“Open source” has historically described a mode of technological production that is collectively authored or manufactured and distributed without profit according to specific guidelines, such as those laid out by the Open Source Initiative. But the way of open source is also passionate and an often radical ideological stance that many technologists and artists have taken as a philosophical approach to circumvent hierarchical, profit-driven, capitalist modes of production and distribution. In Open Source as Culture / Culture as Open Source by Siva Vaidhyanathan, he says: “through most of human history all information technologies and almost all technologies were “open source.”
It is a double edged sword: while copyright laws were created to protect the intellectual property of artists, they can be the enemy of open source when they stifle creativity and collective modes of production. But such systems as the Creative Commons have attempted to regulate a compromise for the need for individuals to filter how much they want to contribute to the common good, and how they also need to be compensated for their work. Vladimir Hafstein describes the tension between copyright systems dictated by the industrialized world:
Creativity as a social process is the common denominator of these concepts and approaches. From each of these perspectives, the act of creation is a social act. From the point of view of intertextuality, for example, works of literature are just as much a product of society or of discourse as they are of an individual author or, for that matter, reader.
One of the fundamental concepts of open source is the acknowledgement that artist inspiration comes from appropriation, as well as peer-to-peer methods of collaboration, which is essential to the open source studio to create an approach that encourage collective modes of research and production in the arts.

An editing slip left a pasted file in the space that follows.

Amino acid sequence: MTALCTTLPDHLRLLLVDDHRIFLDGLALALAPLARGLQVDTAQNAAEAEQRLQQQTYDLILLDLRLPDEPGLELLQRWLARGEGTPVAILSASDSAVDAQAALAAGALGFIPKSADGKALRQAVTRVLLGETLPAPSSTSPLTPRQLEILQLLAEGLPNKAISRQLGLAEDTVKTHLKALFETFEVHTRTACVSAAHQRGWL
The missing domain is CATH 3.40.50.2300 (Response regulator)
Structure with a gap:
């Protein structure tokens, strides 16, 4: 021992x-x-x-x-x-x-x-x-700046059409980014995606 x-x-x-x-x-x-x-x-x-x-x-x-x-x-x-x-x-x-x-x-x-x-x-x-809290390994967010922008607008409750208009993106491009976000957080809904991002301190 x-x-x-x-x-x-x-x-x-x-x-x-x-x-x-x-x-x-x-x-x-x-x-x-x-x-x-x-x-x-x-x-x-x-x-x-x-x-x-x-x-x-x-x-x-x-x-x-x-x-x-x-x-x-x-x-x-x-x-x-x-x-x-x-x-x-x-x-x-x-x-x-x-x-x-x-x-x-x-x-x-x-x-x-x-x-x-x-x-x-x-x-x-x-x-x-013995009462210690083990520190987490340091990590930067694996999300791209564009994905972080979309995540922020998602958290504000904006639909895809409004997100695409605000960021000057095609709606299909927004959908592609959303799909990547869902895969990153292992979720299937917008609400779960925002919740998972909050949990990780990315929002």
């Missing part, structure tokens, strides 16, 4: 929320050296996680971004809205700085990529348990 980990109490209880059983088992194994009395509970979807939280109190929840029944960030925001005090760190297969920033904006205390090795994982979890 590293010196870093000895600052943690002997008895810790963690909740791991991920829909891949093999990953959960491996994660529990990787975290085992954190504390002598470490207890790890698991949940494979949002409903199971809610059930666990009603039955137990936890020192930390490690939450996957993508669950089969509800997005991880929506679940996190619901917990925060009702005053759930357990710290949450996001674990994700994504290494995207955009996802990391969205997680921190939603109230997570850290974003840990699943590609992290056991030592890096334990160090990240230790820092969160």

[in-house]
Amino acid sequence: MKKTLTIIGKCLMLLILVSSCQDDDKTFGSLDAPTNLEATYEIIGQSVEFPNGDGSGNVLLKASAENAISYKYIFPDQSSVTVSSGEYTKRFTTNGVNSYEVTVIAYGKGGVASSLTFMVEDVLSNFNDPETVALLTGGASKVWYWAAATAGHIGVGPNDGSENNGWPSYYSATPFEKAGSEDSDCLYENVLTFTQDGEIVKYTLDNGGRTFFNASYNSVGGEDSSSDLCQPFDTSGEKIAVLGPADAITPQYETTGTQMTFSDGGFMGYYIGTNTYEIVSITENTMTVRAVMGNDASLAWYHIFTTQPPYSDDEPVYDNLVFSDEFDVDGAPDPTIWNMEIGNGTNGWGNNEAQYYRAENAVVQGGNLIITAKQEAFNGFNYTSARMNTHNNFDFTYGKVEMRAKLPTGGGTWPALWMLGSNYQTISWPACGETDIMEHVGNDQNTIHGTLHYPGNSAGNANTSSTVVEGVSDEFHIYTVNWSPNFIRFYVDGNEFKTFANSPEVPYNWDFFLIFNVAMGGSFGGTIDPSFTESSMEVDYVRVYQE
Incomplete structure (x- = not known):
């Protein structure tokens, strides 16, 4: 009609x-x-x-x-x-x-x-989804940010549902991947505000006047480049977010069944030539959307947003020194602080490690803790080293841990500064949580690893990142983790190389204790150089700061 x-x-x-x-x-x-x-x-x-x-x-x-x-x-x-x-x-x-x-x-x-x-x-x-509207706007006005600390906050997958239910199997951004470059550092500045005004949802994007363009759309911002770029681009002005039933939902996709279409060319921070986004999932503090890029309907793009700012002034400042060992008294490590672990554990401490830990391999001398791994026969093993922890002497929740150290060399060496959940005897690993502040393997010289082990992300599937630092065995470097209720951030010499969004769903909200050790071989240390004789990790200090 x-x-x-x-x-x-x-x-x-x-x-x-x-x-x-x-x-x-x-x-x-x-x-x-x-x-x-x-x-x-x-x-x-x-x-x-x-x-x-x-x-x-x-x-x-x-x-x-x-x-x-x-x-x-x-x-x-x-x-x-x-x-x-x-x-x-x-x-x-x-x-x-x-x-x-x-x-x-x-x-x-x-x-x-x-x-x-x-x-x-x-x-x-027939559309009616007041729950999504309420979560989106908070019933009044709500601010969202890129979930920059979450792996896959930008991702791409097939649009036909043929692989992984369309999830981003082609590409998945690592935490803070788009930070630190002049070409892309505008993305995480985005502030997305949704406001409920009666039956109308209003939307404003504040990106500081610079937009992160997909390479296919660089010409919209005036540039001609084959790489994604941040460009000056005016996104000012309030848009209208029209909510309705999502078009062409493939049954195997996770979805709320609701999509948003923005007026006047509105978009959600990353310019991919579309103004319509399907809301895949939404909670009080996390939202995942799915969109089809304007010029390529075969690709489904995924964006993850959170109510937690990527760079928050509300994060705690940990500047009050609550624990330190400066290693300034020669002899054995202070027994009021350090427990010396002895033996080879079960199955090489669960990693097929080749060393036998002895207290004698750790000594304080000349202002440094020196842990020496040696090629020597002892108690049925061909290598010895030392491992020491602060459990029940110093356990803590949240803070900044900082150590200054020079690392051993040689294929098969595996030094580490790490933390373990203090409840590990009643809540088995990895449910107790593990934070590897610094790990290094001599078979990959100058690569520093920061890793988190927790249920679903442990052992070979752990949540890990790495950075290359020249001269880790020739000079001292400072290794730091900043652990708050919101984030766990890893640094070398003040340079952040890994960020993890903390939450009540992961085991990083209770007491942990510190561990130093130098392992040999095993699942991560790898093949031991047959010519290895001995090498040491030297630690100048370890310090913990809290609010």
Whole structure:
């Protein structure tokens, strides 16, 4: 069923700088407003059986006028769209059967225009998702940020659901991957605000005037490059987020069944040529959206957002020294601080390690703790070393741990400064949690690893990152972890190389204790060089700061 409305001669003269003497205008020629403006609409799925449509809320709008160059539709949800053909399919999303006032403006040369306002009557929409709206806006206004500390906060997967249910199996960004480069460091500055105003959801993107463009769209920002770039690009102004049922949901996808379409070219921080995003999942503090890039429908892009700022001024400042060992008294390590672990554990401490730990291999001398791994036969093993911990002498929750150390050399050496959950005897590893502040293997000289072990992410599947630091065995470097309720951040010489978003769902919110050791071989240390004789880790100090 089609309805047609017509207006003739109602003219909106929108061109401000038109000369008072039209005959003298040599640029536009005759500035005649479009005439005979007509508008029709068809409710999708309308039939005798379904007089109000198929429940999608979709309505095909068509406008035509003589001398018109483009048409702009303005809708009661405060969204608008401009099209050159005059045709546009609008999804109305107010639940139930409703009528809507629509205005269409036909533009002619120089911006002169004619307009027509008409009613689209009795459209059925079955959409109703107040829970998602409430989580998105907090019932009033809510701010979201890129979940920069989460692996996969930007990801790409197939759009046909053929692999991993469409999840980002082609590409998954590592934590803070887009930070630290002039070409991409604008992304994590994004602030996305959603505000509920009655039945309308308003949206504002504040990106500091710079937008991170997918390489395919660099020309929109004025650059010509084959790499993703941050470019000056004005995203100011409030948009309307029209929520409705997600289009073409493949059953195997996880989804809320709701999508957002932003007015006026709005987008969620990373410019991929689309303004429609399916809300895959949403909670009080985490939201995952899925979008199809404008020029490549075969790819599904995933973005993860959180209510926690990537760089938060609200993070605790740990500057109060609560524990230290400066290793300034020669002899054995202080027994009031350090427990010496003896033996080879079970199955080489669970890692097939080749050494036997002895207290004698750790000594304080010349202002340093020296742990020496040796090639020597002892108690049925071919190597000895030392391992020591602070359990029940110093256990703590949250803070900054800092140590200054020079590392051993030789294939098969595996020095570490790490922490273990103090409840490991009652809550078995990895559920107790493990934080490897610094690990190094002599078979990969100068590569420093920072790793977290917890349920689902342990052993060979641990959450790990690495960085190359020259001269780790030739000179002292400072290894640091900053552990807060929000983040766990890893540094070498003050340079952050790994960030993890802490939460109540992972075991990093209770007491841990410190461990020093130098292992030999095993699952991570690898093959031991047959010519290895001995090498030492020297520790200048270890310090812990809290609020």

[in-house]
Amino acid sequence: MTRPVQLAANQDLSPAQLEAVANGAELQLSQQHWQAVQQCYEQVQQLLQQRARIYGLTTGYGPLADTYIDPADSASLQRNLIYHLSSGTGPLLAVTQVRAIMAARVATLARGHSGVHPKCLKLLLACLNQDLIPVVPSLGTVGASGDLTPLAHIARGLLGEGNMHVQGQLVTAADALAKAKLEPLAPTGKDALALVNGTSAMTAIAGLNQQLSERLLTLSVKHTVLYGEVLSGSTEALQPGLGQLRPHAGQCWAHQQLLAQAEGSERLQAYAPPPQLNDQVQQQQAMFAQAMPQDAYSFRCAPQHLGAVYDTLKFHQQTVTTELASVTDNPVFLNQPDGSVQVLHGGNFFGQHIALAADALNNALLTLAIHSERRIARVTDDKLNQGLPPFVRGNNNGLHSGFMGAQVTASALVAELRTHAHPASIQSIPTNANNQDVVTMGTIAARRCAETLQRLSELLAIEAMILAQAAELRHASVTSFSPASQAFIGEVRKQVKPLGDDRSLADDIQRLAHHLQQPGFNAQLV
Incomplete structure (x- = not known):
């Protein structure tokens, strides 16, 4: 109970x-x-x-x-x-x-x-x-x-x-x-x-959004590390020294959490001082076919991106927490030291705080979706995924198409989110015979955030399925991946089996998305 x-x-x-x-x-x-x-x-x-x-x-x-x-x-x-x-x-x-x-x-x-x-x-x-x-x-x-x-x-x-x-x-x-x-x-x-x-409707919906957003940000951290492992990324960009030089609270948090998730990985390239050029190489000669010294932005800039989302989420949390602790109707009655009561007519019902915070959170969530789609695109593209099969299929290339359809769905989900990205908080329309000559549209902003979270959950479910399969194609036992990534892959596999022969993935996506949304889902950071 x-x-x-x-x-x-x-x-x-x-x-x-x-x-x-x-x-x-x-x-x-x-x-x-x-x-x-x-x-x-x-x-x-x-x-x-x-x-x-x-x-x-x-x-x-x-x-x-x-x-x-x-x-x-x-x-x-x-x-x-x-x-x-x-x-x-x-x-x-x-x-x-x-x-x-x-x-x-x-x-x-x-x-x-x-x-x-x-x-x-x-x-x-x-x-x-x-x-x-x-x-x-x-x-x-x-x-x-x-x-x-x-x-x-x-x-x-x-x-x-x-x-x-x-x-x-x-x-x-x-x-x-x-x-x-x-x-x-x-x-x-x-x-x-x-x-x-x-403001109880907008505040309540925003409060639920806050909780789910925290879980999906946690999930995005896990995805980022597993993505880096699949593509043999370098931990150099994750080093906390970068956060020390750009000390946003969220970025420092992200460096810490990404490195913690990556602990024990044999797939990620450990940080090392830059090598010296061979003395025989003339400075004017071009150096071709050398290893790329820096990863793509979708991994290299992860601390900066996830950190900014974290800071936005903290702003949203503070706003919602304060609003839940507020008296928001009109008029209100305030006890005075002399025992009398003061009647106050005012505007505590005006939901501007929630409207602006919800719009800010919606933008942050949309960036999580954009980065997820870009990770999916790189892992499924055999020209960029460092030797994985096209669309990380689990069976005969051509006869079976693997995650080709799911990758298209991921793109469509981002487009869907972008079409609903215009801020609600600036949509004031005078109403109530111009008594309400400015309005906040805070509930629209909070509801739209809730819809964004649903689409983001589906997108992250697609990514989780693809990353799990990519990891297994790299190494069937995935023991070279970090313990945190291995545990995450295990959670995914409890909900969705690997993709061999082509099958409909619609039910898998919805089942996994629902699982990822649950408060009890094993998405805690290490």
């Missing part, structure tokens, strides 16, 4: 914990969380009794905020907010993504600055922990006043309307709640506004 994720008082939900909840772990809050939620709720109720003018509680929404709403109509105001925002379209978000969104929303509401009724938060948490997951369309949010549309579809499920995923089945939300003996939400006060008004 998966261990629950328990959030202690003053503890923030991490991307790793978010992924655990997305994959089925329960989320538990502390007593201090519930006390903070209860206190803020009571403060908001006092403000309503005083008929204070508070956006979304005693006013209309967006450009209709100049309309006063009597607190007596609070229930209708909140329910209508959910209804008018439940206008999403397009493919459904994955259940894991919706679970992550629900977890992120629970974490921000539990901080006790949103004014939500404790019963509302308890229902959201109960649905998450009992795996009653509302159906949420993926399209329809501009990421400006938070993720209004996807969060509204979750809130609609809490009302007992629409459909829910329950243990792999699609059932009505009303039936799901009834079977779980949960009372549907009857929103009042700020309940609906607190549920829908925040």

The history of computing and telecommunications provides insight into the origin of open source philosophy, such as ARPANET, which led to the Internet, or such renegade organizations as the Homebrew Club in Palo Alto, where Apple Computer was born in the mid-1970s, in which the hacker and computer hobbyist community freely shared information, or the World Wide Web itself, which to this day remains a classic model of open source development and community sharing. The label “open source” was first used in conjunction with the Web browser Netscape Navigator, one of the first widely used browsers used in the mid-1990s.
The open source way is a quasi-utopian form of thinking that inspires transparency, non proprietary methods of production and distribution, and a commitment to the creative process, not for profit, but for the common good. Open source promotes the free exchange of goods and services, that it has an aspirational intent to better the world, or mankind, or a particular field of study, or perhaps embraces socialist or communistic ideologies of economic equality. It is the commodity-driven, profit-driven ideology of capitalism that runs counter to open source thinking, that ultimately intervenes and alters these efforts. In this sense, transparency leads to increased collaboration, sharing, open systems of exchange, intellectual interaction, collegial openness, the very principles that were fundamental to the creation of the Internet, and later the World Wide Web.